Part of being a Mathematician is being able to solve, represent, or understand a problem in different ways. After solving the Diophantus riddle algebraically in class, I wondered if there was a way that I could represent the problem visually so that I could better understand it. From a teacher viewpoint, I know that each student learns and understands differently, so some of my future students might better understand a problem like this if it is represented visually. In some of my teaching classes, when dealing with fractions, we have worked with visual models of fractions like arrays. I worked through the Diophantus riddle again and found a way to represent each part of the riddle visually in an array.
'Here lies Diophantus,' the wonder behold. Through art algebraic, the stone tells how old: 'God gave him his boyhood one-sixth of his life, One twelfth more as youth while whiskers grew rife; And then yet one-seventh ere marriage begun; In five years there came a bouncing new son. Alas, the dear child of master and sage After attaining half the measure of his father's life chill fate took him. After consoling his fate by the science of numbers for four years, he ended his life.'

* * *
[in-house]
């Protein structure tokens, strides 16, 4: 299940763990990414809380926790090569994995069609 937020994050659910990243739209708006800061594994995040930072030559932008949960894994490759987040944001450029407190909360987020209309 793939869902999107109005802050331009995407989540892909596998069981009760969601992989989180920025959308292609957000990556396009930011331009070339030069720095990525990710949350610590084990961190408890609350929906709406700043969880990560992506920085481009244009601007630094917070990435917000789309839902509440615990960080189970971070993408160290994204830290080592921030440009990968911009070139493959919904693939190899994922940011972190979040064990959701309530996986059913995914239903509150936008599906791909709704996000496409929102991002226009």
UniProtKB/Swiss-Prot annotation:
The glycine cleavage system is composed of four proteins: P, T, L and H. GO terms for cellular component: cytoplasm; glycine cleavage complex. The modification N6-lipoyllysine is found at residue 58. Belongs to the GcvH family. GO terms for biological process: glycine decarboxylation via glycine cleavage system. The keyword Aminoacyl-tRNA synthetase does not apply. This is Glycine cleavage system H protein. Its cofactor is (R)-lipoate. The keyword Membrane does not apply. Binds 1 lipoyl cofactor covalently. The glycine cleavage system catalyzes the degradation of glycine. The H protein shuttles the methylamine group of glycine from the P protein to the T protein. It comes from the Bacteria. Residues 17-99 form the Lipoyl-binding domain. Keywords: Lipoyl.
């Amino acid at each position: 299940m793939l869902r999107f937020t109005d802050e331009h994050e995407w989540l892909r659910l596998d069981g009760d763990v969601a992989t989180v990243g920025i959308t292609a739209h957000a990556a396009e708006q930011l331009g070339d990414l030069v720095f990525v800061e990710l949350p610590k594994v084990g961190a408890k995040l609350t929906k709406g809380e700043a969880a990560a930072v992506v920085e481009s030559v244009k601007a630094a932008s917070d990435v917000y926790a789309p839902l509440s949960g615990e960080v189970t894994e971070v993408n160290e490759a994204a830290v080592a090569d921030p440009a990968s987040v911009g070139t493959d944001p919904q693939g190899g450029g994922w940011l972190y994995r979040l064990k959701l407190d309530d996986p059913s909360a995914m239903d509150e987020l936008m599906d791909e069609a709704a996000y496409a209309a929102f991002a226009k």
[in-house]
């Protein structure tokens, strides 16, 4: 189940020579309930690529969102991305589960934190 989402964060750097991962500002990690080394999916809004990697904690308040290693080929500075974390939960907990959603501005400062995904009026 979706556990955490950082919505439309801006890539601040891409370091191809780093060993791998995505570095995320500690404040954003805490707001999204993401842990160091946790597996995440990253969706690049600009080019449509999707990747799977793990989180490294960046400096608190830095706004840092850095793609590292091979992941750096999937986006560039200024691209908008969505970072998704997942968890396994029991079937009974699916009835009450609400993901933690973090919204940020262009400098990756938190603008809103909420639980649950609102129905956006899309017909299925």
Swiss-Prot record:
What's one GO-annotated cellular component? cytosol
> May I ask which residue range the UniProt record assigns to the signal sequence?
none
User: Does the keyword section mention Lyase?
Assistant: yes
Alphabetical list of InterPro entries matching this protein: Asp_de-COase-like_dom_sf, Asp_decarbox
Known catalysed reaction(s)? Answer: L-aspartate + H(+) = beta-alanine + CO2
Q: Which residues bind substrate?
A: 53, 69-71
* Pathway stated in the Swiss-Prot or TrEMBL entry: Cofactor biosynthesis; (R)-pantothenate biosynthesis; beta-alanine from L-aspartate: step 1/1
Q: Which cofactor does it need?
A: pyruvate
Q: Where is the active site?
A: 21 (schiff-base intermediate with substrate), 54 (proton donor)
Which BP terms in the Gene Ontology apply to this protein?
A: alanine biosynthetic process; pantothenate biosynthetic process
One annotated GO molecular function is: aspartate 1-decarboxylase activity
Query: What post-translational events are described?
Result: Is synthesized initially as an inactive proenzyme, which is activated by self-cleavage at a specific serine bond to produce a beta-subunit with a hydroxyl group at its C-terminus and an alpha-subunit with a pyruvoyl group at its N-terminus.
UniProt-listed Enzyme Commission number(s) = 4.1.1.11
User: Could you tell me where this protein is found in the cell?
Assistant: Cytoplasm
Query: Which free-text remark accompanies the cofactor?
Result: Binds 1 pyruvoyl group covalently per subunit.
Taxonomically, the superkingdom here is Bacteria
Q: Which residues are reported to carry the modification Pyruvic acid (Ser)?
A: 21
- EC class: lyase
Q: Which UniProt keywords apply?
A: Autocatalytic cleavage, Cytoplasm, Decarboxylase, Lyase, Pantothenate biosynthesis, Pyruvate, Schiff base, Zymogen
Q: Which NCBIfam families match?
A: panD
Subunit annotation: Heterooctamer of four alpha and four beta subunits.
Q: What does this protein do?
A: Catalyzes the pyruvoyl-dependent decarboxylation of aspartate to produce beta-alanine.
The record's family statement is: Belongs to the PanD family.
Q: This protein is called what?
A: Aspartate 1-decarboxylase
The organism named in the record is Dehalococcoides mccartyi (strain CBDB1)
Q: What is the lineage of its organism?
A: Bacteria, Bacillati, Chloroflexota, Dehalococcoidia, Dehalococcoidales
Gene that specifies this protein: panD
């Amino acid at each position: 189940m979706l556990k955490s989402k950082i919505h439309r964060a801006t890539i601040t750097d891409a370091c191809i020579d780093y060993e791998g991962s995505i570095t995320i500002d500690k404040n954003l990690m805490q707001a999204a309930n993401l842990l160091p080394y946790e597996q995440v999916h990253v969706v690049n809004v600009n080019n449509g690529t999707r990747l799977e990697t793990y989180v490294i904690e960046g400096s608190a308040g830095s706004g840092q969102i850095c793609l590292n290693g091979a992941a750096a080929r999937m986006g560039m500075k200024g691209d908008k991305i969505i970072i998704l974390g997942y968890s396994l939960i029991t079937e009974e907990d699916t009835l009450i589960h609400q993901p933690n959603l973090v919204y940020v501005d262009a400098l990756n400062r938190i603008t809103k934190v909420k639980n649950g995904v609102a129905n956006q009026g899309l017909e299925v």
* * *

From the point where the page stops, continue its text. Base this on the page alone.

The first thing that I noticed when I worked through the riddle again was that I could establish a common denominator of 84 for the fractions 1/6, 1/7, and 1/12, since the least common multiple of 6, 7, and 12 is 84:
Once I established a common denominator of 84, I knew that I could represent each of these fractions visually in a 7 x 12 array, which makes 84 equal-sized units. In the model below, I represented each value in the problem in a different color:
Since Diophantus was 84 years old when he died, based on this model, we know that: